In the two years since 2011, Israel has approved two Egyptian military increases in the Sinai Peninsula above levels set in the Camp David Accords, which mandates that the Sinai must remain demilitarized, with only enough forces in Sinai to enforce security.[44][45][89] Israel did so because it is not in its interest to have unrest in Sinai, whether political protests or militant violence.[44]

However in late 2012, concern began to be raised as Egypt began deploying more force and tanks without coordination from Israel. On 21 August, Israeli Foreign Minister Avigdor Lieberman said that it is important for Israel to make sure that the Egyptian-Israeli peace treaty is upheld, and not to remain silent as Egyptian military forces enter the Sinai. Concern was raised by Israeli officials over Egyptian failure to notify Israel about the deployment of tanks in the Sinai, which violates the peace treaty. Lieberman said, "We must make sure that every detail is upheld, otherwise we'll find ourselves in a slippery slope as far as the peace treaty is concerned."[90]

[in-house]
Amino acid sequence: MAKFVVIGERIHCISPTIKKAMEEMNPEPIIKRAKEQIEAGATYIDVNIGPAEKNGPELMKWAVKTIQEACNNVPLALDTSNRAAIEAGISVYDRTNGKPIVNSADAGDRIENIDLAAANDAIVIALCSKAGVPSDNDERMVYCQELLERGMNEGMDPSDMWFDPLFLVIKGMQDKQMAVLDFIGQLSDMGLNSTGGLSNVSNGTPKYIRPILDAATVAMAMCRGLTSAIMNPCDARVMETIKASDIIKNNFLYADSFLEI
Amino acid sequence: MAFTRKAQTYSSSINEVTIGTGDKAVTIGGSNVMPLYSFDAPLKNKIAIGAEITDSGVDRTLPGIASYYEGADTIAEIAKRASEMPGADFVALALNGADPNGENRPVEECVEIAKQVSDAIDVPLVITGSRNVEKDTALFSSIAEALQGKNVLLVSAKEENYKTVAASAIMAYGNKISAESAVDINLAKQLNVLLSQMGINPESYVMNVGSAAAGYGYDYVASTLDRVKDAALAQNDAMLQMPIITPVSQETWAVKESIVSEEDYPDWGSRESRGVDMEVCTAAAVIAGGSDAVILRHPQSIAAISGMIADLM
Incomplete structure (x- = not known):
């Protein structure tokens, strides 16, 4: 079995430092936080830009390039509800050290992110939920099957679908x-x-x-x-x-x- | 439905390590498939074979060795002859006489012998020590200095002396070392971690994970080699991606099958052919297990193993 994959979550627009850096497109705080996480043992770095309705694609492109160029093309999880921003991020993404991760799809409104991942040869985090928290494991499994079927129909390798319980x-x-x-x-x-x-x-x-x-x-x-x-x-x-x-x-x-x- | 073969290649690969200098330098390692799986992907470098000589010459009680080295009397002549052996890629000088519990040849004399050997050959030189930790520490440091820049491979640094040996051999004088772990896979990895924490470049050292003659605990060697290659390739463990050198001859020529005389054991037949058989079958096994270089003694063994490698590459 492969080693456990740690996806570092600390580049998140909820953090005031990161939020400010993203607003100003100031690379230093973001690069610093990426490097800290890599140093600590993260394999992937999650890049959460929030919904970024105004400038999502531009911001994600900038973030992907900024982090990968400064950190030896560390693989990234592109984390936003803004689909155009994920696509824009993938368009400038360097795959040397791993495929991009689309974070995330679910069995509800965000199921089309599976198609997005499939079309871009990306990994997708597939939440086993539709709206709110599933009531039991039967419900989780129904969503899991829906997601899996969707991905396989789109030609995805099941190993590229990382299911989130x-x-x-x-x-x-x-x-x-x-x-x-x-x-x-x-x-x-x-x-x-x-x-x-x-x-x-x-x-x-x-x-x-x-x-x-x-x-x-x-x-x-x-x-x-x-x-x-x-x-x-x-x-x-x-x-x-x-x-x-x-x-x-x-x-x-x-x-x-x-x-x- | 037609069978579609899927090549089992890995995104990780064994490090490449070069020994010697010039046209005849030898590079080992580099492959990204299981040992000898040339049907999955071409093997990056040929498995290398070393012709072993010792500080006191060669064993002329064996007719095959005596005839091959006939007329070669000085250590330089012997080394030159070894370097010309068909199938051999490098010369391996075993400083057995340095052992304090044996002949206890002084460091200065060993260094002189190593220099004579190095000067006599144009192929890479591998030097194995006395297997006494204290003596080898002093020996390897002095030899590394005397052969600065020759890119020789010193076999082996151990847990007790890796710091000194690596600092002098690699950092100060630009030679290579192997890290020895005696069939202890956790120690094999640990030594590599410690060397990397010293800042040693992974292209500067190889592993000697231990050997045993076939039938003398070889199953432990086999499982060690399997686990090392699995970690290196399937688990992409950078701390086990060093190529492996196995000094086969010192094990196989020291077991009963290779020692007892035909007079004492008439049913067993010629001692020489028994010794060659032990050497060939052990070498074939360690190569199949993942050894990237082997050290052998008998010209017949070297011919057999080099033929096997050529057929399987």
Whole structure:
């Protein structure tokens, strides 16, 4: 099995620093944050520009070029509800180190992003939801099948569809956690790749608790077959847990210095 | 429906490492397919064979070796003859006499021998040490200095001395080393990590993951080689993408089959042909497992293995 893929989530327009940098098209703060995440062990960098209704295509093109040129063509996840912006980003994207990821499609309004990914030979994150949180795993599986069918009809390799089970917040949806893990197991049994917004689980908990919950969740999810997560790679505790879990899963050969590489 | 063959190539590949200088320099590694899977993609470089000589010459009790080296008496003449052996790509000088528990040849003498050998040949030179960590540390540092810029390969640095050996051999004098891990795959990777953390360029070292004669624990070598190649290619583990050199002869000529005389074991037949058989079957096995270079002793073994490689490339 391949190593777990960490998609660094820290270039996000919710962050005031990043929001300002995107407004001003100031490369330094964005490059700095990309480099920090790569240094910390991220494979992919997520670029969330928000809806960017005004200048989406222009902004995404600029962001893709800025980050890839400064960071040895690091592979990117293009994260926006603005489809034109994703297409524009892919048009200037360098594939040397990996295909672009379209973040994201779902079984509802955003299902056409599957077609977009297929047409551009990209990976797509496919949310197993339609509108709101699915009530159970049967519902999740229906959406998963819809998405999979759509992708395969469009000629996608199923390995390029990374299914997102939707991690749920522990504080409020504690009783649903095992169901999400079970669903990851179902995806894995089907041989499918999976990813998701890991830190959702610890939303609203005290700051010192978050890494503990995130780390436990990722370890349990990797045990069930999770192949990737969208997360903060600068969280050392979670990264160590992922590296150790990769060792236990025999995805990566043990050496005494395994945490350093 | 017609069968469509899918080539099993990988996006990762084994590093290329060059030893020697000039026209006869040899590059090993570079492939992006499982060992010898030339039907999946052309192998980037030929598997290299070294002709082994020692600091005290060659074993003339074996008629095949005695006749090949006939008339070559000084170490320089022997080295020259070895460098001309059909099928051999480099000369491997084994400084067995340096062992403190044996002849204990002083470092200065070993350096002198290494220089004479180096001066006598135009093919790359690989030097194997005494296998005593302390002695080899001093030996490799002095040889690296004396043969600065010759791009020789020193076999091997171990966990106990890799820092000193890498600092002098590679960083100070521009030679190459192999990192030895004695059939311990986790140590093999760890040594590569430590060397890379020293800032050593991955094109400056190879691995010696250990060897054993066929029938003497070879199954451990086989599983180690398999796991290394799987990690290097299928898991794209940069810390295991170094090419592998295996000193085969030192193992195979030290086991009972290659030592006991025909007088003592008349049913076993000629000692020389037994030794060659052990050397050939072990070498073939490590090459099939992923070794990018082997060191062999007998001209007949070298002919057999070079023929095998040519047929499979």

On the same day, Israeli daily Maariv reported that Israel sent a message to Egypt via the White House, protesting Egypt's ongoing increase in military presence in the Sinai without coordination from Israel, and telling Egypt that it must remove tanks from the Sinai because their presence violates the Egyptian-Israeli peace treaty of 1979, which states that Sinai Peninsula is to remain demilitarized. The Israeli daily Maariv reported was reinforced by an article in The New York Times, which stated that Israel was “troubled” by the entry of Egyptian tanks into the northern Sinai Peninsula without coordination with Israel and had asked Egypt to withdraw them.[91] Partly due to Egypt's military deploying tanks in the Sinai Peninsula, Israel is increasingly worried about what has long been their most critical regional relationship.[92] The lack of coordination around their deployment is seen as potentially undermining a peace treaty that has been a cornerstone of Israel’s security for decades according to the New York Times.[92] Israel is also concerned that Egypt may use Operation Eagle to build up its military presence in the Sinai, and leave the tanks and armored carriers in the Sinai while not doing much more than symbolic action to eliminate the terrorist threat.[93]